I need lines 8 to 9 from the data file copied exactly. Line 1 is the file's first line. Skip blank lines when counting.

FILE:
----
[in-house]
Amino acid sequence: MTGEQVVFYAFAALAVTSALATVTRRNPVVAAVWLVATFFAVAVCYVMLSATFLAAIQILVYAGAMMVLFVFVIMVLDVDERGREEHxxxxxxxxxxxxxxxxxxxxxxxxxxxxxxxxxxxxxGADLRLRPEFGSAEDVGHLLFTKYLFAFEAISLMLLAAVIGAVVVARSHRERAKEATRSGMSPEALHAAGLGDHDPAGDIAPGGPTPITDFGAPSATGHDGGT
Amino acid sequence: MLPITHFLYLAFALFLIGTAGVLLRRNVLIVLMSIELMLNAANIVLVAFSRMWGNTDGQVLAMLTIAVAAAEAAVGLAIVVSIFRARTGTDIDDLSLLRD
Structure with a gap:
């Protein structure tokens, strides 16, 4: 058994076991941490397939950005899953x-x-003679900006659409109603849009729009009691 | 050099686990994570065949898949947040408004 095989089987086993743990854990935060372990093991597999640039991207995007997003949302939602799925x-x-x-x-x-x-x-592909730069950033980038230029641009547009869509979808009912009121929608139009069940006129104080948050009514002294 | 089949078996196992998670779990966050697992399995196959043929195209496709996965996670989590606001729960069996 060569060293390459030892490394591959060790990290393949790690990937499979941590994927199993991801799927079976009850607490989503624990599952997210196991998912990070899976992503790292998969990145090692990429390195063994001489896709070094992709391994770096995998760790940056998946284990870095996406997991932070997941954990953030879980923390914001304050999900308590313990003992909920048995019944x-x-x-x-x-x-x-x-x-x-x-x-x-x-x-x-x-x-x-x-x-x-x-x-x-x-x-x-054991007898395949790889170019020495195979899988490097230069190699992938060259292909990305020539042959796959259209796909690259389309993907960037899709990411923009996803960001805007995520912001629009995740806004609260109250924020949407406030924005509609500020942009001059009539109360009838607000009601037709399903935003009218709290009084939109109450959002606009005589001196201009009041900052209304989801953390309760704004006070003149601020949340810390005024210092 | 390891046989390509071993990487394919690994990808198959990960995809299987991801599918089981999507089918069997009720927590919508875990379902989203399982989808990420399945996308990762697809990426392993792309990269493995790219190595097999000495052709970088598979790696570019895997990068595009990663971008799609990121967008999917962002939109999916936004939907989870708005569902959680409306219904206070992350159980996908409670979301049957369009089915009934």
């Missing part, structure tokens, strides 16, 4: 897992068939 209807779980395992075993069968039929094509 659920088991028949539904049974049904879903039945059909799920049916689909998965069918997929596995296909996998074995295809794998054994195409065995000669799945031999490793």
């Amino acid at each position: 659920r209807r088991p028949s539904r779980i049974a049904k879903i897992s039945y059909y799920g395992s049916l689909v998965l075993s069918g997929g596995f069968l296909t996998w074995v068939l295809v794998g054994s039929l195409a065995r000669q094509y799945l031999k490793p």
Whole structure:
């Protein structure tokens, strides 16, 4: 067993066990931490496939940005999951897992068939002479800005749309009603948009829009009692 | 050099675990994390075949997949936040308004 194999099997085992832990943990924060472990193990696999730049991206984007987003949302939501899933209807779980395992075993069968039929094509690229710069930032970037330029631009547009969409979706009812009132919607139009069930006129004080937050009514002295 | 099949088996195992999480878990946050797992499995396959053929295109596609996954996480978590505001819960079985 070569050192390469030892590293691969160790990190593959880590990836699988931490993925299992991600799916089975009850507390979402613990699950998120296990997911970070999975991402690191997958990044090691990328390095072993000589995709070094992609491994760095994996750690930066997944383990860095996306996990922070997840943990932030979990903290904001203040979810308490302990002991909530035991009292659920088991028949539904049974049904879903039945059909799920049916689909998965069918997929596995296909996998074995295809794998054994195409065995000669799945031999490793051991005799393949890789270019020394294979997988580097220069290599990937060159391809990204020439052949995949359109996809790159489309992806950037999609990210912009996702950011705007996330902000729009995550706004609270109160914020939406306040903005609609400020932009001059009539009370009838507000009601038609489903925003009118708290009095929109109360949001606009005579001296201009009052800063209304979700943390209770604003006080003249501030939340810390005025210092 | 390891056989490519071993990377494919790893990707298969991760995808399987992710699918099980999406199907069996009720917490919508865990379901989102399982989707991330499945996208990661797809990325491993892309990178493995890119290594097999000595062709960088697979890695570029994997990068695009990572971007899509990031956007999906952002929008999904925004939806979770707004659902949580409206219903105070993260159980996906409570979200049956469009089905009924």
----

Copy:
Whole structure:
């Protein structure tokens, strides 16, 4: 067993066990931490496939940005999951897992068939002479800005749309009603948009829009009692 | 050099675990994390075949997949936040308004 194999099997085992832990943990924060472990193990696999730049991206984007987003949302939501899933209807779980395992075993069968039929094509690229710069930032970037330029631009547009969409979706009812009132919607139009069930006129004080937050009514002295 | 099949088996195992999480878990946050797992499995396959053929295109596609996954996480978590505001819960079985 070569050192390469030892590293691969160790990190593959880590990836699988931490993925299992991600799916089975009850507390979402613990699950998120296990997911970070999975991402690191997958990044090691990328390095072993000589995709070094992609491994760095994996750690930066997944383990860095996306996990922070997840943990932030979990903290904001203040979810308490302990002991909530035991009292659920088991028949539904049974049904879903039945059909799920049916689909998965069918997929596995296909996998074995295809794998054994195409065995000669799945031999490793051991005799393949890789270019020394294979997988580097220069290599990937060159391809990204020439052949995949359109996809790159489309992806950037999609990210912009996702950011705007996330902000729009995550706004609270109160914020939406306040903005609609400020932009001059009539009370009838507000009601038609489903925003009118708290009095929109109360949001606009005579001296201009009052800063209304979700943390209770604003006080003249501030939340810390005025210092 | 390891056989490519071993990377494919790893990707298969991760995808399987992710699918099980999406199907069996009720917490919508865990379901989102399982989707991330499945996208990661797809990325491993892309990178493995890119290594097999000595062709960088697979890695570029994997990068695009990572971007899509990031956007999906952002929008999904925004939806979770707004659902949580409206219903105070993260159980996906409570979200049956469009089905009924």